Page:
The Middle Arsenal at the Springfield Armory was constructed in 1830 and was the first three-story building on the Armory grounds. Used to store arms, it was here that Henry Wadsworth Longfellow visited during his second honeymoon in 1843 and that his wife, Fanny, compared the stored arms in their racks to a pipe organ. Encouraged to write an anti-war poem by his wife, Longfellow was inspired to use her imagery and write the poem, “The Arsenal at Springfield” (1845). After the completion of the Main Arsenal, in 1851, the Middle Arsenal was converted to other purposes, including being used during the Civil War, along with other earlier arsenal buildings, as part of an assembly line, leading to the Main Arsenal, where finished weapons were stored. The building is now part of the campus of Springfield Technical Community College.
The oldest surviving building at the Springfield Armory is the West Arsenal, the first two floors of which were constructed in 1808 as a storehouse for completed weapons. The third floor was added in 1863. After the completion of the Main Arsenal, in 1851, the West Arsenal served other purposes over the years, becoming a barrel house, storehouse, recreation building, barracks and, during World War Two, an officer’s club. Today it is part of the campus of Springfield Technical Community College.
When the Main Arsenal at the Springfield Armory was completed in 1851, it was flanked by two houses, both built earlier: the Paymaster’s House, to the south, and the Master Armorer’s House, to the north. Both of these residences were relocated around 1880. The Paymaster’s House was eventually demolished, but the Master Armorer’s House has survived. It was relocated about 300 feet north of its original site and was rotated and placed on the opposite side of the street. The house was built in 1833, during the tenure of Lt. Col. Roswell Lee as superintendent of the Armory. It later served as an infirmary and as officers’ quarters. The building lost its rear section by the start of the twentieth century and was remodeled by the WPA in 1937.
Maj. James W. Ripley became superintendent of the Springfield Armory in 1841 and soon initiated an ambitious building program. The first structure to be completed was the Commanding Officer’s Quarters. He had demolished an earlier Commanding Officer‘s House on the site where the new Main Arsenal was to be built. To replace it, he constructed a fine new CO.’s residence, begun in 1845 and completed in 1847. There were many who opposed Ripley’s reforms of the Armory and he faced much controversy during his tenure. Some considered his new residence to be too extravagant. A series of investigations led to a military court of inquiry in which a major complaint was that he was wasting government funds, but Ripley was eventually exonerated. The house is now used as administrative offices for the Springfield Armory National Historic Site.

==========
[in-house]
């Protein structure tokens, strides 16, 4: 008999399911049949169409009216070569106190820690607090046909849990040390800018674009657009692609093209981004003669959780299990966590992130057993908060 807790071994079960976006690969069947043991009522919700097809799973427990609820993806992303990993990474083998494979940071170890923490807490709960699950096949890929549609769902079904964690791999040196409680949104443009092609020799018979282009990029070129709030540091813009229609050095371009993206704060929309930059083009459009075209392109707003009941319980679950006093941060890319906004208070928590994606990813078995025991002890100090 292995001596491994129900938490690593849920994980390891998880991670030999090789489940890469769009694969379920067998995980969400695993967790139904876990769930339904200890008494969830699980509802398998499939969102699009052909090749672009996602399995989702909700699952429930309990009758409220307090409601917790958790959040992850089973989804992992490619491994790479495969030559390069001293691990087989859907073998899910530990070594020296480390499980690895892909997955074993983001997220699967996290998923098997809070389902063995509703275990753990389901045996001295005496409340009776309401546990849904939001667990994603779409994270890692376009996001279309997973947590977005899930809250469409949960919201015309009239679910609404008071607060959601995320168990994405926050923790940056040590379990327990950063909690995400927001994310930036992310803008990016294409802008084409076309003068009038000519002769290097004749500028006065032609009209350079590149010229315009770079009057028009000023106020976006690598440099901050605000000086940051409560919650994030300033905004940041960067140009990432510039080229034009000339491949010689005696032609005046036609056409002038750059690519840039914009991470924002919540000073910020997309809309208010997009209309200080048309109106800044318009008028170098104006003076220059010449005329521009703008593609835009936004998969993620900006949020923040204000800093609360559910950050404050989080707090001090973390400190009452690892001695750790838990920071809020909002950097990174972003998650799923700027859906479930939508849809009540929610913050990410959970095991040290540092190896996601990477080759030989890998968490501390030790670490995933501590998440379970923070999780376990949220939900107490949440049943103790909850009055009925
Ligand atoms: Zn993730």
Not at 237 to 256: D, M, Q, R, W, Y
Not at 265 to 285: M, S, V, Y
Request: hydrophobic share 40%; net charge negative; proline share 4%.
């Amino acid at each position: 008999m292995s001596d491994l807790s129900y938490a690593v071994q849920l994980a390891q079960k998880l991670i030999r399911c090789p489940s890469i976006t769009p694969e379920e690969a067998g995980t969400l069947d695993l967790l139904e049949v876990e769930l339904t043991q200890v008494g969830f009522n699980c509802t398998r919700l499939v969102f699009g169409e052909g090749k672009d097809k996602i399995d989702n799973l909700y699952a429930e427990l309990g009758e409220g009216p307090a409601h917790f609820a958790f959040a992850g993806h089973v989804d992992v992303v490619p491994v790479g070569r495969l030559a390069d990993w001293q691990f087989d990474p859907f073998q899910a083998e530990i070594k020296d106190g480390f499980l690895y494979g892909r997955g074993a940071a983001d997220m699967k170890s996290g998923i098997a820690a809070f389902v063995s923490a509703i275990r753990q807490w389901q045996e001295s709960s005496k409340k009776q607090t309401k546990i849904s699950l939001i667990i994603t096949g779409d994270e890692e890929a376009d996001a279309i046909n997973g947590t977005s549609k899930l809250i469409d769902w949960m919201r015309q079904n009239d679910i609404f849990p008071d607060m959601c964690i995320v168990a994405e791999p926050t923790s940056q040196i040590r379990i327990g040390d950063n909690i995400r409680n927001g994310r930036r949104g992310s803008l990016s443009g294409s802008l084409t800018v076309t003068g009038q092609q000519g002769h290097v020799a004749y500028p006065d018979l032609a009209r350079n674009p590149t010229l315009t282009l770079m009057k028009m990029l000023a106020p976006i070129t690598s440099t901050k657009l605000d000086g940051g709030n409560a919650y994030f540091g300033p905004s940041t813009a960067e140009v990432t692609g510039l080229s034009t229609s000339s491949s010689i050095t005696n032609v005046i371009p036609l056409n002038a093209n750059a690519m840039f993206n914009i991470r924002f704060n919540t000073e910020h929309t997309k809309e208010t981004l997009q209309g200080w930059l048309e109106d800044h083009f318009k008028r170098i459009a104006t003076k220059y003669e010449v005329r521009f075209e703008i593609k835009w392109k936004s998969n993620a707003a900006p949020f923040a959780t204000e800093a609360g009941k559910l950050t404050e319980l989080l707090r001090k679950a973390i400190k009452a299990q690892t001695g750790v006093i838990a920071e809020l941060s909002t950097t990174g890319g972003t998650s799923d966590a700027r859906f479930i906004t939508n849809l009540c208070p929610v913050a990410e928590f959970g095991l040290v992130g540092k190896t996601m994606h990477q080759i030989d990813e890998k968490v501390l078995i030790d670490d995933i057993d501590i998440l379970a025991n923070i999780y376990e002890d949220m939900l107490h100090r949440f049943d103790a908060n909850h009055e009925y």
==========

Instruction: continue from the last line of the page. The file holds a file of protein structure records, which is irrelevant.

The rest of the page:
It’s Springfield Armory Week!! This week, we’ll be looking at some nineteenth century buildings on the grounds of the Springfield Armory. First up is the Main Arsenal, built in 1847-1851 at the west end of Armory Square. Established in 1794, the Armory was the primary center for the manufacture of small arms for the United States military until its closure in 1968. A number of important buildings on the Armory grounds, including the Arsenal, were built during the tenure of Major James W. Ripley as superintendent (1841-1854). Maj. Ripley oversaw a revitalization of manufacturing operations at the Armory and a significant construction program that began with a new Commanding Officer’s Quarters and continued with the Arsenal. The imposing structure’s purpose was to store the weapons manufactured in the neighboring Armory buildings. Only minor alterations have been made to the building since it was finished. The Springfield Armory National Historic Site was established in 1974 and the Arsenal now houses the Armory’s Museum and archives. Springfield became a city in 1852 and the Main Arsenal is featured on the city’s seal The above picture shows the west-facing side of the building. See below is the east facing side: Read More
is bounded south and east by the Springfield Cemetery, west by Central street and north by Thompson’s Dingle. The brick house, No. 48 Madison avenue, afterward removed easterly to make room for the great mansion of Charles L. Goodhue, now occupying the center, was in the middle nineteenth century the residence of Henry Sterns, Treasurer of the Springfield Institution for Savings. Of his three daughters, two joined the Roman Catholic communion and made their permanent abode in the Eternal City.
According to Charles Wells Chapin, in Sketches of the Old Inhabitants and Other Citizens of Old Springfield of the Old Springfield of the Present Century, and its Historic Mansions of “Ye Olden Time,” Henry Sterns (1794-1859) was
[a] merchant, was born at Halifax, Nova Scotia, May 11, 1794. He came to Springfield about the year 1803, and for many years was a merchant on Main street opposite Court Square, having formed a copartnership with William Sparhawk, under the firm name of William Sparhawk & Co. On the death of Mr. Sparhawk, June 27, 1834, the late Joseph C. Parsons became a partner under the firm name of Sterns & Parsons. […] He was treasurer of the Springfield Institution for Savings, from December 24, 1849, until May, 1858.